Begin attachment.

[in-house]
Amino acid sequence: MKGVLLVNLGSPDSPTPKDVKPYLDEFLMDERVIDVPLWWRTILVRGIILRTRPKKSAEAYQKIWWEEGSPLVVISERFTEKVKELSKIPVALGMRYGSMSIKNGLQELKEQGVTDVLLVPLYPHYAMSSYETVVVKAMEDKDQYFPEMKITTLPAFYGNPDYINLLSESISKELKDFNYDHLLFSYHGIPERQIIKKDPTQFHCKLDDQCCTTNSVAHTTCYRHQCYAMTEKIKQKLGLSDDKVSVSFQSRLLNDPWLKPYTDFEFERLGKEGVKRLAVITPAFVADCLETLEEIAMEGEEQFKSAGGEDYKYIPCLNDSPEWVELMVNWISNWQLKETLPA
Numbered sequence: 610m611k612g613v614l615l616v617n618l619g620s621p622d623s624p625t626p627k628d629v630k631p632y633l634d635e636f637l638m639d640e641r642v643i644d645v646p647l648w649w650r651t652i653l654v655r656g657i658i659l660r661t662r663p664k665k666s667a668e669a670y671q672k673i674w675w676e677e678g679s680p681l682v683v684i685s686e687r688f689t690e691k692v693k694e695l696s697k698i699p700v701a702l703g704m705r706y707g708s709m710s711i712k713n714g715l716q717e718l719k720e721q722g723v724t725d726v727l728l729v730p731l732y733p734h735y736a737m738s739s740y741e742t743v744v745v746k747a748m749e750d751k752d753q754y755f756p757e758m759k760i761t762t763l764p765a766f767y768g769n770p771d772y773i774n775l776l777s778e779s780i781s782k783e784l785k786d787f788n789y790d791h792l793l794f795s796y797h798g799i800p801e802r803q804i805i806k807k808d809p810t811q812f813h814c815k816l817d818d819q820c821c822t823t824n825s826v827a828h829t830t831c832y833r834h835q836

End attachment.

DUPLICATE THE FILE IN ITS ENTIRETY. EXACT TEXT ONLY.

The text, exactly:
[in-house]
Amino acid sequence: MKGVLLVNLGSPDSPTPKDVKPYLDEFLMDERVIDVPLWWRTILVRGIILRTRPKKSAEAYQKIWWEEGSPLVVISERFTEKVKELSKIPVALGMRYGSMSIKNGLQELKEQGVTDVLLVPLYPHYAMSSYETVVVKAMEDKDQYFPEMKITTLPAFYGNPDYINLLSESISKELKDFNYDHLLFSYHGIPERQIIKKDPTQFHCKLDDQCCTTNSVAHTTCYRHQCYAMTEKIKQKLGLSDDKVSVSFQSRLLNDPWLKPYTDFEFERLGKEGVKRLAVITPAFVADCLETLEEIAMEGEEQFKSAGGEDYKYIPCLNDSPEWVELMVNWISNWQLKETLPA
Numbered sequence: 610m611k612g613v614l615l616v617n618l619g620s621p622d623s624p625t626p627k628d629v630k631p632y633l634d635e636f637l638m639d640e641r642v643i644d645v646p647l648w649w650r651t652i653l654v655r656g657i658i659l660r661t662r663p664k665k666s667a668e669a670y671q672k673i674w675w676e677e678g679s680p681l682v683v684i685s686e687r688f689t690e691k692v693k694e695l696s697k698i699p700v701a702l703g704m705r706y707g708s709m710s711i712k713n714g715l716q717e718l719k720e721q722g723v724t725d726v727l728l729v730p731l732y733p734h735y736a737m738s739s740y741e742t743v744v745v746k747a748m749e750d751k752d753q754y755f756p757e758m759k760i761t762t763l764p765a766f767y768g769n770p771d772y773i774n775l776l777s778e779s780i781s782k783e784l785k786d787f788n789y790d791h792l793l794f795s796y797h798g799i800p801e802r803q804i805i806k807k808d809p810t811q812f813h814c815k816l817d818d819q820c821c822t823t824n825s826v827a828h829t830t831c832y833r834h835q836